The NSW government is predicting a $3.7 billion surplus for the 2016-17 financial year after delivering a budget with plenty for schools and commuters, but little joy for beleaguered first home buyers.
Treasurer Gladys Berejiklian pledged an additional $1 billion for public schools in her second budget on Tuesday, to build new schools and an extra 1100 classrooms to meet increasing enrolments.
New schools, all located in Sydney, will include Smalls Rd, Ryde and North Kellyville, as well as a senior campus in Crows Nest, with more to be announced in the coming months.
The maintenance budget, meanwhile, will be doubled from $160 million to $330 million to address a major maintenance backlog in public schools.
“The schools receiving the money are the ones most in need,” Ms Berejiklian said.
She said $1 billion had also been set aside for a new fleet of suburban trains in order to meet growing commuter numbers.
As previously announced, the budget fully funds the stand-alone Sydney Metro project, which is forecast to cost up to $12.5 billion.
A total of $16.9 billion has been devoted to road and transport projects, including WestConnex and NorthConnex, as well as upgrades to the Princes and Pacific highways.
Homebuyers miss out
The budget includes no new measures to improve housing affordability, however existing first home buyer grants for new homes remain in place.
There is no stamp duty relief for homebuyers, with Ms Berejiklian citing declining growth in stamp duty revenues over the coming years.
Stamp duty growth was 13.6 per cent, in 2015–16, with a drop to 5 per cent forecast for 2016–17.
Ms Berejiklian said additional handouts for first home buyers could be counterproductive because they might skew the market.
New measures to discourage foreign property buyers could help keep price growth in check, with the previously announced 4 per cent stamp duty surcharge to be applied to foreign investors, as well as a 0.75 per cent land tax surcharge.
Ms Berejiklian said a record 70,000 new dwelling approvals would also improve supply and improve housing affordability, but admitted the government needed to do more to improve the situation.
“I make no bones of the fact that it’s one of the biggest challenges facing residents in NSW,” she said.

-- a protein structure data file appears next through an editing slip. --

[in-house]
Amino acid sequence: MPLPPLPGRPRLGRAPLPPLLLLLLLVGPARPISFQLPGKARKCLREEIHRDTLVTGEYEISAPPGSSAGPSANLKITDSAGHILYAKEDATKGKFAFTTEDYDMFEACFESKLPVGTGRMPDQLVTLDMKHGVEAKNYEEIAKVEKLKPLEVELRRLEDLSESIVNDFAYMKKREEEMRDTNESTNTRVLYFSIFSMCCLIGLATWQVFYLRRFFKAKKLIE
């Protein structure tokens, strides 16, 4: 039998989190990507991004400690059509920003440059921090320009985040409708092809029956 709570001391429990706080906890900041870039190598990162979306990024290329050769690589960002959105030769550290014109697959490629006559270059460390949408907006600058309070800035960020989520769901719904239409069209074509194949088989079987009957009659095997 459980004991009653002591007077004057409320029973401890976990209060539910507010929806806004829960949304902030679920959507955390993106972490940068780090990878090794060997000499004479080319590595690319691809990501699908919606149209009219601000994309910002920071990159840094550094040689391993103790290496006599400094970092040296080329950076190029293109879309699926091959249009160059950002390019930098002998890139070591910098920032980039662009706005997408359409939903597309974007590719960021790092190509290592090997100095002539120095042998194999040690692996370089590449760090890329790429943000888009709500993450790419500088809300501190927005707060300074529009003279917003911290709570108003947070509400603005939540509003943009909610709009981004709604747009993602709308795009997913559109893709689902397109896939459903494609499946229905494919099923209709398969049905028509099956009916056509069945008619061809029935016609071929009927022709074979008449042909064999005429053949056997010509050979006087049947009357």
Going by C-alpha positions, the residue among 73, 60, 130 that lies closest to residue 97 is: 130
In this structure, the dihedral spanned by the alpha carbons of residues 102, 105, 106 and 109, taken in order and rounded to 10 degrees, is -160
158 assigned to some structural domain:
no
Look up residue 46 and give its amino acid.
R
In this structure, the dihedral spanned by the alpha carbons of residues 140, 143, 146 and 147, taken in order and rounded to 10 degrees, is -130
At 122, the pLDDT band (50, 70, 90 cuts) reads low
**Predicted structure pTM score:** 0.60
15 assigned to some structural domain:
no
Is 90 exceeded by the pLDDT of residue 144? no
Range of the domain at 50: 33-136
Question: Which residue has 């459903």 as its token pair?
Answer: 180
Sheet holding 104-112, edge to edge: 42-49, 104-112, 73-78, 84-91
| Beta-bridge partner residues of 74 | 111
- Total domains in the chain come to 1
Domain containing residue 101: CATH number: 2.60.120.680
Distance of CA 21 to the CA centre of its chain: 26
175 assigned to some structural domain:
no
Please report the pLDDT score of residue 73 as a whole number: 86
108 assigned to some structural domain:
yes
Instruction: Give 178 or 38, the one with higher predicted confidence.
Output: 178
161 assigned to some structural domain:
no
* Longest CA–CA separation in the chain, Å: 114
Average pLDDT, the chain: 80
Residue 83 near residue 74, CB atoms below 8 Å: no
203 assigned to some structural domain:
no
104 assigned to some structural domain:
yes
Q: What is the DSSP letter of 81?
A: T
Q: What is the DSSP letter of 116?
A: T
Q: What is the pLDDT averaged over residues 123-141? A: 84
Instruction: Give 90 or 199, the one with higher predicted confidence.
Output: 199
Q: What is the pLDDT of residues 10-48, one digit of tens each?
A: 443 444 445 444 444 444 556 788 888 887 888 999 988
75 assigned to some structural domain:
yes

Health spending up
The health budget includes a modest 5 per cent increase in recurrent spending to push it to a new high of $22 billion.
A total of $1.6 billion will be spent on hospital upgrades, including Westmead, Dubbo, Lismore and Tweed, while $375 million will be made available to fund extra emergency department visits and additional elective surgeries.
Another $120 million will be spent on extra nurses and allied health professionals.
There was no money for a major upgrade at Nepean hospital, which doctors say is desperately needed.
“We would love to bring forward construction of every single hospital project we have on the go … but we have to make sure that what we’re spending is manageable,” the Treasurer said.
Tough times ahead
While NSW’s net debt is virtually zero, Ms Berejiklian is predicting tougher times ahead due to declining GST revenue.
She said the current formula for dividing GST revenue penalised high-performing states like NSW.
“We are the victims of our own success,” she said. “That is the biggest challenge for us.”
In 2014–15, the state’s share of GST revenue was 31 per cent, however in 2019–20 it is forecast to be 26 per cent.
Ms Berejiklian said the decrease represented a $10.8 billion loss.
The forecast surplus of $3.7 billion in 2016–17 will fall to $1.3 billion in 2017–18.
In 2018–19 a $1.4 billion surplus is forecast, followed by $1.6 billion in 2019–20.
At a glance
• Surplus of $3.7 billion forecast for 2016-17 financial year
• New schools and classrooms to be built with $1 billion in extra funding
• $1 billion for a new fleet of suburban trains
• No new measures for housing affordability